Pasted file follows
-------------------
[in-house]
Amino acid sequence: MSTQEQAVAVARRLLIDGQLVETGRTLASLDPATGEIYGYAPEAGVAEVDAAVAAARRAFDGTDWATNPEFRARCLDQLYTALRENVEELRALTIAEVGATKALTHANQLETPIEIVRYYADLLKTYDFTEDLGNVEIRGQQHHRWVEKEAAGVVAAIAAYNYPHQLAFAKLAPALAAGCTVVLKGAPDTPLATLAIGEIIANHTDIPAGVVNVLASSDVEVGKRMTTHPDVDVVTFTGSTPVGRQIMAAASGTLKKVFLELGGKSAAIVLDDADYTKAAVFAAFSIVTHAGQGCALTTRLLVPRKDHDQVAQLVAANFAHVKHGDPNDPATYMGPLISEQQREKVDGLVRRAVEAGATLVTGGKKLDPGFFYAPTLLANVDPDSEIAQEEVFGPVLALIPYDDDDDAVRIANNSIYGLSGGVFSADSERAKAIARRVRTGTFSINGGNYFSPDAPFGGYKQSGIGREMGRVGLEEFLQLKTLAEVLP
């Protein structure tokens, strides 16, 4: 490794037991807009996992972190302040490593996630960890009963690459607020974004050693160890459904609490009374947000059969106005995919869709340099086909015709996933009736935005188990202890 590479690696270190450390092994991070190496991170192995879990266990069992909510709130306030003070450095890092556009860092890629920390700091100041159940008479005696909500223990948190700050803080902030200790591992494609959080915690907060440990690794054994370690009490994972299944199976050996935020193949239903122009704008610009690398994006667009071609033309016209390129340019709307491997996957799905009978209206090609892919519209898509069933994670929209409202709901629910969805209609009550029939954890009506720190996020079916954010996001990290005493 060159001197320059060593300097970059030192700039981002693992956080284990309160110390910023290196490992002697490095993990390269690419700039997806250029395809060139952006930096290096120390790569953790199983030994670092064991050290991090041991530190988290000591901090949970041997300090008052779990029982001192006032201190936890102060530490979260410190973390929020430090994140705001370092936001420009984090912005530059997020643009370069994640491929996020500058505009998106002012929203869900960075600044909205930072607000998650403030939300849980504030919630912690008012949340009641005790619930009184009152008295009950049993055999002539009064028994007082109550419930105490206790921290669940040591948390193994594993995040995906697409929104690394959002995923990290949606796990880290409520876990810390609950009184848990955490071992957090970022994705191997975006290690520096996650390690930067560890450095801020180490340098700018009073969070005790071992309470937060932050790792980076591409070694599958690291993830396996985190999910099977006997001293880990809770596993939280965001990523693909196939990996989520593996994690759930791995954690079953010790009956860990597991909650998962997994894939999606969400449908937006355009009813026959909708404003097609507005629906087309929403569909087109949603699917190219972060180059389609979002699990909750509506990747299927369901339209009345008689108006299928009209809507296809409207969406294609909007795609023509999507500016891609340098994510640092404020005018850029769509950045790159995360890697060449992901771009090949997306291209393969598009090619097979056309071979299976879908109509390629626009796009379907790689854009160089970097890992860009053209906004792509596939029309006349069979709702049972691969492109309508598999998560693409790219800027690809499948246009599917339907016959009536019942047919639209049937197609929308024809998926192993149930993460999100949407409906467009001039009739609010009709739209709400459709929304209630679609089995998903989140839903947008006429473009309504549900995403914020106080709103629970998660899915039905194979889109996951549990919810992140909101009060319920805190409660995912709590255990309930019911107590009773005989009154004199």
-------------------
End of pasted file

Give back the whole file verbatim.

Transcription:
[in-house]
Amino acid sequence: MSTQEQAVAVARRLLIDGQLVETGRTLASLDPATGEIYGYAPEAGVAEVDAAVAAARRAFDGTDWATNPEFRARCLDQLYTALRENVEELRALTIAEVGATKALTHANQLETPIEIVRYYADLLKTYDFTEDLGNVEIRGQQHHRWVEKEAAGVVAAIAAYNYPHQLAFAKLAPALAAGCTVVLKGAPDTPLATLAIGEIIANHTDIPAGVVNVLASSDVEVGKRMTTHPDVDVVTFTGSTPVGRQIMAAASGTLKKVFLELGGKSAAIVLDDADYTKAAVFAAFSIVTHAGQGCALTTRLLVPRKDHDQVAQLVAANFAHVKHGDPNDPATYMGPLISEQQREKVDGLVRRAVEAGATLVTGGKKLDPGFFYAPTLLANVDPDSEIAQEEVFGPVLALIPYDDDDDAVRIANNSIYGLSGGVFSADSERAKAIARRVRTGTFSINGGNYFSPDAPFGGYKQSGIGREMGRVGLEEFLQLKTLAEVLP
């Protein structure tokens, strides 16, 4: 490794037991807009996992972190302040490593996630960890009963690459607020974004050693160890459904609490009374947000059969106005995919869709340099086909015709996933009736935005188990202890 590479690696270190450390092994991070190496991170192995879990266990069992909510709130306030003070450095890092556009860092890629920390700091100041159940008479005696909500223990948190700050803080902030200790591992494609959080915690907060440990690794054994370690009490994972299944199976050996935020193949239903122009704008610009690398994006667009071609033309016209390129340019709307491997996957799905009978209206090609892919519209898509069933994670929209409202709901629910969805209609009550029939954890009506720190996020079916954010996001990290005493 060159001197320059060593300097970059030192700039981002693992956080284990309160110390910023290196490992002697490095993990390269690419700039997806250029395809060139952006930096290096120390790569953790199983030994670092064991050290991090041991530190988290000591901090949970041997300090008052779990029982001192006032201190936890102060530490979260410190973390929020430090994140705001370092936001420009984090912005530059997020643009370069994640491929996020500058505009998106002012929203869900960075600044909205930072607000998650403030939300849980504030919630912690008012949340009641005790619930009184009152008295009950049993055999002539009064028994007082109550419930105490206790921290669940040591948390193994594993995040995906697409929104690394959002995923990290949606796990880290409520876990810390609950009184848990955490071992957090970022994705191997975006290690520096996650390690930067560890450095801020180490340098700018009073969070005790071992309470937060932050790792980076591409070694599958690291993830396996985190999910099977006997001293880990809770596993939280965001990523693909196939990996989520593996994690759930791995954690079953010790009956860990597991909650998962997994894939999606969400449908937006355009009813026959909708404003097609507005629906087309929403569909087109949603699917190219972060180059389609979002699990909750509506990747299927369901339209009345008689108006299928009209809507296809409207969406294609909007795609023509999507500016891609340098994510640092404020005018850029769509950045790159995360890697060449992901771009090949997306291209393969598009090619097979056309071979299976879908109509390629626009796009379907790689854009160089970097890992860009053209906004792509596939029309006349069979709702049972691969492109309508598999998560693409790219800027690809499948246009599917339907016959009536019942047919639209049937197609929308024809998926192993149930993460999100949407409906467009001039009739609010009709739209709400459709929304209630679609089995998903989140839903947008006429473009309504549900995403914020106080709103629970998660899915039905194979889109996951549990919810992140909101009060319920805190409660995912709590255990309930019911107590009773005989009154004199």